Rob decided to dance with his grandma instead and I stayed in the dining area, nursing a glass of champagne. I sipped my drink slowly, watching everyone else have fun and berating myself for not enjoying the occasion. My moodiness was raining on everyone’s parade, even if they didn’t tell me outright.
“I fucking hate gwai los,” someone said behind me.
I furrowed my brows and turned around. “Excuse me?” The person speaking was none other than Micky, Rob's cousin and best man. The one who recently had a million dollar wedding. He was talking to Rob's other cousin and fellow groomsmen, Tian.
“Nothing, Rachelle. Just talking about this asshole I once knew,” Micky said.
“No need for racial slurs,” I admonished. “There are kids here.”
“They can't hear us,” Mickey said. He continued talking to Liam. “Anyway, you know what that fucking bastard did? Fucking broke my goddamn arm and dislocated my jaw!”
“No fucking way,” Liam replied.
“Yeah, it was fucked up man...”
I couldn’t believe how racist and immature Rob’s groomsmen were. Maybe it was the alcohol talking but…did they really need to use that kind of language at my rehearsal dinner? To think, these were the men Robert hung around with the most…Hardly a classy crowd.
I decided to relocate so I wouldn't have to hear them vomiting expletives. Their hyena laughter sliced through the air, pissing me off even more.
I set down my champagne flute and sat next to my mom again. She was nursing a glass of Prosecco and watching Dad make a fool of himself on the dance floor.
“How are you, Mom?”
“Rachelle, you should be dancing with Rob. He's a great dancer,” Mom said, eyes trained on her future son-in-law. “Look at those moves.”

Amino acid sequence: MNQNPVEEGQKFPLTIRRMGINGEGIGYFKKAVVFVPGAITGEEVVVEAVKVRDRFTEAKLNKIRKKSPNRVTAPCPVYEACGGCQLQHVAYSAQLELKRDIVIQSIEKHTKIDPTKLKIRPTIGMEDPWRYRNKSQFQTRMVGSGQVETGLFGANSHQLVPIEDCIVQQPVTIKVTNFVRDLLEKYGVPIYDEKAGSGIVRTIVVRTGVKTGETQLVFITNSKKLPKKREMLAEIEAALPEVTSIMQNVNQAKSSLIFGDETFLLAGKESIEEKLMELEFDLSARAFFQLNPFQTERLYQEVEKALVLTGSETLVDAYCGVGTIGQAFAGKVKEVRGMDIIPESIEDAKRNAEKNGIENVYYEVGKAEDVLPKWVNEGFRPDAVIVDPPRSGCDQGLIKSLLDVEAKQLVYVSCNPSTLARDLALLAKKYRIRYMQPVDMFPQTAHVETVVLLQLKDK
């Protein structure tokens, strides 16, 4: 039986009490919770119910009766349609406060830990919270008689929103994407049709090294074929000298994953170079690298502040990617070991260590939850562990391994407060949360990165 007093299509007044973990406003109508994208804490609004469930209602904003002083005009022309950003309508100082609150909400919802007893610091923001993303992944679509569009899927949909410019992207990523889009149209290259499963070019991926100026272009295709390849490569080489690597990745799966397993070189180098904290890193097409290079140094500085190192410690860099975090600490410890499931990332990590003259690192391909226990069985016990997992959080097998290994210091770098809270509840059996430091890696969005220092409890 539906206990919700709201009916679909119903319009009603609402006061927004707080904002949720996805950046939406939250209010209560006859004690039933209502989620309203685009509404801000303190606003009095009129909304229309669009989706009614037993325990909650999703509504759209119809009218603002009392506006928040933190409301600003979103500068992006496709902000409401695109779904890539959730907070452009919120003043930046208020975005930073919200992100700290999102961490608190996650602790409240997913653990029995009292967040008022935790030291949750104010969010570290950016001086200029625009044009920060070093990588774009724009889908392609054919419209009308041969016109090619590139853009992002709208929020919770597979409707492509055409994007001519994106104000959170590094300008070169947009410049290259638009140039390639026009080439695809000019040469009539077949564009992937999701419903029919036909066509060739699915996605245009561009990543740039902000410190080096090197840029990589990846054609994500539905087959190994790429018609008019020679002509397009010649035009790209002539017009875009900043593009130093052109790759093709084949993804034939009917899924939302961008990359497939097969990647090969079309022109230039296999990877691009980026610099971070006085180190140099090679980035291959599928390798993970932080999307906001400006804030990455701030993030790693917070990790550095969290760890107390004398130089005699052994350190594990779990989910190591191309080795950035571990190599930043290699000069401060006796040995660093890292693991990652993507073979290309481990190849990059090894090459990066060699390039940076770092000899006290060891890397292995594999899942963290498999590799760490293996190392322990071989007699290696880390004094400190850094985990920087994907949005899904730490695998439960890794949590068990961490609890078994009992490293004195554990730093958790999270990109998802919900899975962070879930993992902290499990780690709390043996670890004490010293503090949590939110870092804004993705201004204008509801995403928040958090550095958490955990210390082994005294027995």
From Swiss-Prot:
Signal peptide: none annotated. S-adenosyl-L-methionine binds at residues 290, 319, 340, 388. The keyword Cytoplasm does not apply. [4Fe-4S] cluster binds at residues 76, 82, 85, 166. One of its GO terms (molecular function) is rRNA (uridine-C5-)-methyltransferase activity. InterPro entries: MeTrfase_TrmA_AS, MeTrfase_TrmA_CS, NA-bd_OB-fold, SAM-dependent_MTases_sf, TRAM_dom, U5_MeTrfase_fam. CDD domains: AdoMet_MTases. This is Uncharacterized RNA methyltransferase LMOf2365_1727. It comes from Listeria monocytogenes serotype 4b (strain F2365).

Rob this, Rob that…
“I'm feeling a bit queasy and bloated,” I said, using the same excuse I'd given Rob.
“You're not going to get your period on your wedding day are you?” Mom asked, panicky. “Because that pretty white dress cost a fortune—”
“Relax, Mom, I have an IUD. I haven't even had a period for six months,” I said.
Mom gasped. “Rachelle! You know those things will kill you! It's unnatural to put foreign objects in your body! Besides, shouldn't you already have it removed so you can have a honeymoon baby?”
“Mom! We haven't even talked about when we want kids yet,” I said.
Why was she always so in-my-face about everything?
My mother had always been controlling of me when I was growing up, but most days I let it go. I just didn’t have the heart to stand up to her, and I didn’t want to upset the delicate equilibrium we’d achieved in the past few years.
“Rachelle, everyone wants—expects a grandchild by next year,” Mom stated. “We want—”
I cut Mom short, my chest growing tight. “What about what I want? What Rob wants?” I fumed. “We're going to be the ones raising the child. You and Dad live too far away and Rob's parents live on the other side of the world.”
Mom swallowed hard. “Just saying, Rachelle. Don't make us wait too long.”
“We'll discuss it when the time is right,” I finally said. I downed the rest of my champagne and sprang for the dance floor. Anything to avoid further discussions with my mom. After scouting my fiancé, I tapped his shoulder and asked for the next dance. His entire face lit up. “I knew you’d come around,” he murmured, pulling me up against him. After a few songs, I realized that Rob
a really good dancer. Better than I expected. But his touch didn’t set fire to my skin the way Kieran’s did. Not that I should be comparing…
Twenty minutes later, I could no longer keep up with Rob. “Let’s go home, babe. I’m exhausted,” I said.
Rob wrapped his arm around my waist and nodded. “Okay.” We made our farewells before driving home.
Later that night, while we were lying in bed, I asked Rob, “Do you want kids?” I couldn’t believe we were having this conversation now. It’d just never really come up. I was always on birth control, and Rob never mentioned trying to get pregnant. But with the wedding happening in five days, I needed to know we were on the same page.
Rob shifted towards me. I could feel his breath hot against my neck; it was oppressive and sticky. “Of course I do, baby. Imagine how cute our children would be.” Rob nuzzled my cheek with the tip of his nose and kissed me. “A baby with your gorgeous eyes and my handsome smile.”
“The sooner the better,” Rob said. “Everyone's been—”
“That's just it,” I said. “Do you think
ready? I mean, forget about what everyone else says. Do you think we're capable of raising a baby?”
Rob propped himself up on his elbow. “What do you mean, Rach? Of course we are. We have our own place, we're getting married and I’ve got a solid, well-paying job. We're young and well off. I don't see—”